Tiz The Law trounces them in Belmont Stakes – and Gamine simply stunning in the Acorn

Horse Racing Tiz The Law Belmont Stakes
Tiz The Law (Manny Franco) wins the G1 Belmont Stakes. Photo: NYRA/Coglianese Photos (Elsa Lorieul)

By Nicholas Godfrey

So you know this was a Belmont Stakes like no other – won by Tiz The Law. You know it was run as the first leg of the Triple Crown instead of the last, at a mile and an eighth rather than a mile and a half. But here’s some other stuff you might like to know. Note to readers: also features a new G1 star in Gamine.

What’s going on?

Tiz The Law imposes sense of order

A notable sense of certainty amid the topsy-turvy disorder of the 2020 Triple Crown surrounded Tiz The Law’s thoroughly dominant victory in the 152nd edition of America’s oldest Classic.

Regarded as a major contender for the US Classics even back in the old days before coronavirus threw everything into disarray, the Florida Derby winner was all business in the Belmont.

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Trained by 82-year-old Barclay Tagg, Tiz The Law was sent off odds-on favourite for the $1 million contest. He sat handy throughout under Puerto Rican rider Manny Franco before taking command at the head of the stretch ahead of a professional 3¾-length triumph over Dr Post at an eerily quiet behind-closed-doors Belmont Park.

In taking his career record to five out of six, the son of Constitution stopped the clock in 1m46.53s. Third place went to Max Player, a length and a half behind Dr Post.

Travers first, then Kentucky Derby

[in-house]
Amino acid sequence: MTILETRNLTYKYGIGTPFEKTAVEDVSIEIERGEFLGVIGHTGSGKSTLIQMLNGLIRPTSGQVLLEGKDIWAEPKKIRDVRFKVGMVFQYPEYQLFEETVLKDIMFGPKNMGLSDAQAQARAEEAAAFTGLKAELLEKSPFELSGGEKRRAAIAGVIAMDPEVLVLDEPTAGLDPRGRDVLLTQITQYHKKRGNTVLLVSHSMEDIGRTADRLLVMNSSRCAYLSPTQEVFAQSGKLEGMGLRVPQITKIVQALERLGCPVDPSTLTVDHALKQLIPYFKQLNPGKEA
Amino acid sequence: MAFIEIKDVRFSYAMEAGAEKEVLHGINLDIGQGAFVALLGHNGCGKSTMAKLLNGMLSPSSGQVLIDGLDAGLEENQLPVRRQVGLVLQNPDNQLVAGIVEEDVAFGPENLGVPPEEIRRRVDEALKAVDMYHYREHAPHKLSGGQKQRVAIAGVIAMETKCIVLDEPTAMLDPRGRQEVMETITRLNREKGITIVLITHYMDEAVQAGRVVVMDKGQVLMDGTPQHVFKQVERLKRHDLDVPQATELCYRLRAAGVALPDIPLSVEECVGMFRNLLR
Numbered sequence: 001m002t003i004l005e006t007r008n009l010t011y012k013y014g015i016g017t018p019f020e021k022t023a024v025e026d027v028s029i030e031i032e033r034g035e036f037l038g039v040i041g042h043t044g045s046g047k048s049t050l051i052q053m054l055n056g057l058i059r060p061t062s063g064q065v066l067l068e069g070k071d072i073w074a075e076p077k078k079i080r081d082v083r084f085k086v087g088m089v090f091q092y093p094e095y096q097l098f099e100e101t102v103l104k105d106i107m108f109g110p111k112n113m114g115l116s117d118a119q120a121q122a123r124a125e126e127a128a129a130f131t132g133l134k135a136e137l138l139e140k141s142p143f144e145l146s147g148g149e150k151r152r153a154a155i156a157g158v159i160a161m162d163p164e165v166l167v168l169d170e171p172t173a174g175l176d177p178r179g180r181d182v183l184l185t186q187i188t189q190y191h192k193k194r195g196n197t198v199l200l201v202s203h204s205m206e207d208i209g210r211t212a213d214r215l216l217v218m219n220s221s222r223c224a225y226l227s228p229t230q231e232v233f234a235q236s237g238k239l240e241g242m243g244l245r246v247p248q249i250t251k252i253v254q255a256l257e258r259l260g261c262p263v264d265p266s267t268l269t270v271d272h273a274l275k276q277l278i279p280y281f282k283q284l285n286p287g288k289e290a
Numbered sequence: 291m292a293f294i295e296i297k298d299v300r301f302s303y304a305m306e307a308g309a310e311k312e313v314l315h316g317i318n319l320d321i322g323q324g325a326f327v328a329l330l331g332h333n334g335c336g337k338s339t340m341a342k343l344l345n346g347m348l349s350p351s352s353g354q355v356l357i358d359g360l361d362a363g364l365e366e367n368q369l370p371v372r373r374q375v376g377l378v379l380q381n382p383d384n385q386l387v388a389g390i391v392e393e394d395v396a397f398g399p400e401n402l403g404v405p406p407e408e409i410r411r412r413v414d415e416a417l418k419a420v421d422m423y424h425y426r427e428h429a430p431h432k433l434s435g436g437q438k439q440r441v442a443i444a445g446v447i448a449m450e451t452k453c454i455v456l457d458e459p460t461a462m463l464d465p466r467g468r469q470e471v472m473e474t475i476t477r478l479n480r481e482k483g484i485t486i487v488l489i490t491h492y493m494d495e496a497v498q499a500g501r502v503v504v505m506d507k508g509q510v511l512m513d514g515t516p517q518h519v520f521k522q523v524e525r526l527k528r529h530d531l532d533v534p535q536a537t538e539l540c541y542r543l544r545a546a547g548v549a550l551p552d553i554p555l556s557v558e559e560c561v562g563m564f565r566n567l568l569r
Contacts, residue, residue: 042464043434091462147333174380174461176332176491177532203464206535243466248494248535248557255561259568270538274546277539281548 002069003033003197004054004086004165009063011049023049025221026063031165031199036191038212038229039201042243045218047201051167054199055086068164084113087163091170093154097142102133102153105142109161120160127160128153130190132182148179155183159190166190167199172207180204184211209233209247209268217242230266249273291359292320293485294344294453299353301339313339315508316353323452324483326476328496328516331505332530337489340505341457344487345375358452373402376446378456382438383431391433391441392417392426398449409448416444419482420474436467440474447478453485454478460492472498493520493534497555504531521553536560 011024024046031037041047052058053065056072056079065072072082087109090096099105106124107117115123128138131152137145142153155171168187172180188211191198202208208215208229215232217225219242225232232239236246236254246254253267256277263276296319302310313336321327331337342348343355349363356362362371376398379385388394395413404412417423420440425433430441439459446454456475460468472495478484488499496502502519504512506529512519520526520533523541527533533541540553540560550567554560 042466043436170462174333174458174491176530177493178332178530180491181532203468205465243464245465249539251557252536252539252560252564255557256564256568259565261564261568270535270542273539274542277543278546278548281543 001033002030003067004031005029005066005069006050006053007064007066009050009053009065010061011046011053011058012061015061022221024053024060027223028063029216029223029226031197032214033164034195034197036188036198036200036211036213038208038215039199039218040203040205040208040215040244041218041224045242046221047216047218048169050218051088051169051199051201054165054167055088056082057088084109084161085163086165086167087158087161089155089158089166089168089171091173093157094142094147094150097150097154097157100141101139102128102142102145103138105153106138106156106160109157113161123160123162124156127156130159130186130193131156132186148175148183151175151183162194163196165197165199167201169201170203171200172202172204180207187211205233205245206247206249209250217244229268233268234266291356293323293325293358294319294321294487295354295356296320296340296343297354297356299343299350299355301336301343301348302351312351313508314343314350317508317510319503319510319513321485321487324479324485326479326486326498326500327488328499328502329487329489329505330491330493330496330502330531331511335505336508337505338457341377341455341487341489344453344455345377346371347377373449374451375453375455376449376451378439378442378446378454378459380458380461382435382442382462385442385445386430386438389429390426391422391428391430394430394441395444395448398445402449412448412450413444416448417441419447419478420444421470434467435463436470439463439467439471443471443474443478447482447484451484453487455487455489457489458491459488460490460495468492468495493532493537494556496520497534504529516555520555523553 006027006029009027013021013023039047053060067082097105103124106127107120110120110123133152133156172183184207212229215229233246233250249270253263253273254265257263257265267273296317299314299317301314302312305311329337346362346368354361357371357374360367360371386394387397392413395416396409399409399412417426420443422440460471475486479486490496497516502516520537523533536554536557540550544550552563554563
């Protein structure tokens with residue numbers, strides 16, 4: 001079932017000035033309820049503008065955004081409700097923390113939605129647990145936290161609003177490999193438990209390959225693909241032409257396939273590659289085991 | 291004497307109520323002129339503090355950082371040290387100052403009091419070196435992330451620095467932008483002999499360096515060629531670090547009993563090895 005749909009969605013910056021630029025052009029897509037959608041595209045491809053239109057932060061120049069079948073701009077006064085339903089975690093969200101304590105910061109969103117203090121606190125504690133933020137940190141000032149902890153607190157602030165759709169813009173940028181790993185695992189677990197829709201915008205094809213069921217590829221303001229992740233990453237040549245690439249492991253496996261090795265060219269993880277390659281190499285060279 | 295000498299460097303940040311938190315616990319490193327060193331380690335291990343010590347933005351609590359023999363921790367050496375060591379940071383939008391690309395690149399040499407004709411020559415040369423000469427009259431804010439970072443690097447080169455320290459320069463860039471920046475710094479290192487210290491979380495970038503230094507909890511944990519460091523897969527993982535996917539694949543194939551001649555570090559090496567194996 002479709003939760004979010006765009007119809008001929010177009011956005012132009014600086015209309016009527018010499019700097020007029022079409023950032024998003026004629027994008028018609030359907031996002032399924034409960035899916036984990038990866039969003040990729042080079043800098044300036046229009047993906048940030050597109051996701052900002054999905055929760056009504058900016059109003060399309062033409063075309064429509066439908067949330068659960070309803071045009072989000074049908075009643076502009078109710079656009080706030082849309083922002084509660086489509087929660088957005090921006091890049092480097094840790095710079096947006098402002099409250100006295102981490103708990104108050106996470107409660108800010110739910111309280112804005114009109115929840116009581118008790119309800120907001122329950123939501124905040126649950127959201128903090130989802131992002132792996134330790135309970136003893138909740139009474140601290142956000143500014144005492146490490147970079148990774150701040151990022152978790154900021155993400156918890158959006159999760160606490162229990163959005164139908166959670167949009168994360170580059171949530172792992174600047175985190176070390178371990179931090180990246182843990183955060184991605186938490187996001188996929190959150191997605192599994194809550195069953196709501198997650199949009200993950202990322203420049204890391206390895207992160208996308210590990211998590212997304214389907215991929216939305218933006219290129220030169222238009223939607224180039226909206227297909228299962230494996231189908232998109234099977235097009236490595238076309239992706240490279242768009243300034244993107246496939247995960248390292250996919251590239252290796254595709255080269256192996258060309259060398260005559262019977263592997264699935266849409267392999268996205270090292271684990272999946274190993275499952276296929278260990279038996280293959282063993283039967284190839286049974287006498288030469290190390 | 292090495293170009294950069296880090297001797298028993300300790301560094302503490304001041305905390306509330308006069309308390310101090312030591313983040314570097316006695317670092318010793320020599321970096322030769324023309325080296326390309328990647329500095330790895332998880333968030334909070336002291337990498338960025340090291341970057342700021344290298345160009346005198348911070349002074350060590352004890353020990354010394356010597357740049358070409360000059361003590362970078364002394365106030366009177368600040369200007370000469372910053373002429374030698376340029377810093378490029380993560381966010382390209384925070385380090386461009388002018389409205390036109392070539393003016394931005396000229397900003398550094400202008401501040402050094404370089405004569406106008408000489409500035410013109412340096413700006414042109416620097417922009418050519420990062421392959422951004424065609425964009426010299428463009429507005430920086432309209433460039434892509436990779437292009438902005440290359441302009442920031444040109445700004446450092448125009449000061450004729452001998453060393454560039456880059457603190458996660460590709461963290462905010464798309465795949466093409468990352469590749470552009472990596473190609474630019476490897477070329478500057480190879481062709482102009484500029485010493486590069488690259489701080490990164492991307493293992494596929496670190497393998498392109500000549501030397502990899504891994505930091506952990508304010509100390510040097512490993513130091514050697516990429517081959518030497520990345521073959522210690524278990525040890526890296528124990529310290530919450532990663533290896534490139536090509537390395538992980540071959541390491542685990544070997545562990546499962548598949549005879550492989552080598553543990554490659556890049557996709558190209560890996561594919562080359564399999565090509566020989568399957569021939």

After such a decisive effort, Tiz The Law is hot favourite for the rescheduled Kentucky Derby on September 5, with bookmakers Bet365 even going a shade of odds on at 4-5.

First, though, his connections will look at the Travers Stakes at Saratoga, now due to be run on August 8, four weeks before Churchill Downs. The final leg of the Triple Crown will be the Preakness at Pimlico on October 3.

“The long-range plan would be the Travers, the Derby and then the Preakness,” said Barclay Tagg. “After that, they’ll probably want me to take him to the Breeders’ Cup.”

Kentucky Derby betting (Coral): 6-4 Tiz The Law, 4 Honor A.P., 10 Authentic, 16 Cezanne, Max Player, 20 bar.

Horse Racing Tiz The Law Belmont Stakes
Tiz The Law (Manny Franco) powers away from the field in the Belmont Stakes. Photo: NYRA/Coglianese Photos (Rob Mauhar)

New York, New York is home, sweet home

It cannot be denied that it felt rather bizarre to hear Frank Sinatra’s ‘Theme from New York, New York’ being blasted across barren stands.

However, that this was a hometown victory cannot be denied as Tiz The Law was the first New York-bred horse to win the New York Classic for 138 years since Forester in 1882.

‘I’m glad I lived long enough to get a horse like this!’

Quote of the day must go to Tiz The Law’s octogenarian trainer Barclay Tagg, who has a deserved reputation as a man of few words.

“I’m just glad I lived long enough to get a horse like this,” he said. “I wanted to have a Belmont victory before I gave it up or died, or something like that.”

And the lack of atmosphere? “I’m not trying to be a jerk about it,” added Tagg. “But I thought the quiet, to me, was very nice.”

Memories of Funny Cide

Tiz The Law carries the colours of the Sackatoga Stable syndicate run by Jackson Knowlton, who earned racing fame in 2003 when popular New York-bred gelding Funny Cide (also trained by Tagg) won the first two legs of the Triple Crown before being defeated in a muddy Belmont.

Knowlton bought Tiz The Law for $110,000 at Fasig-Tipton in Saratoga in 2018. 

Acorn: Gamine’s stunning 18¾-length tour de force

An utterly spectacular performance from Gamine (Bob Baffert/John Velazquez), who took her unbeaten record to three in the G1 Acorn with an astonishing all-the-way victory in stakes record time by the small matter of 18¾ lengths.

Sent off 7-10 favourite, the daughter of Into Mischief stopped the clock in 1m32.55s – a stakes record, and just 0.31s off the one-mile track record at the ‘Big Sandy’.

Both trainer Bob Baffert and jockey John Velazquez were winning the Acorn for the fifth time.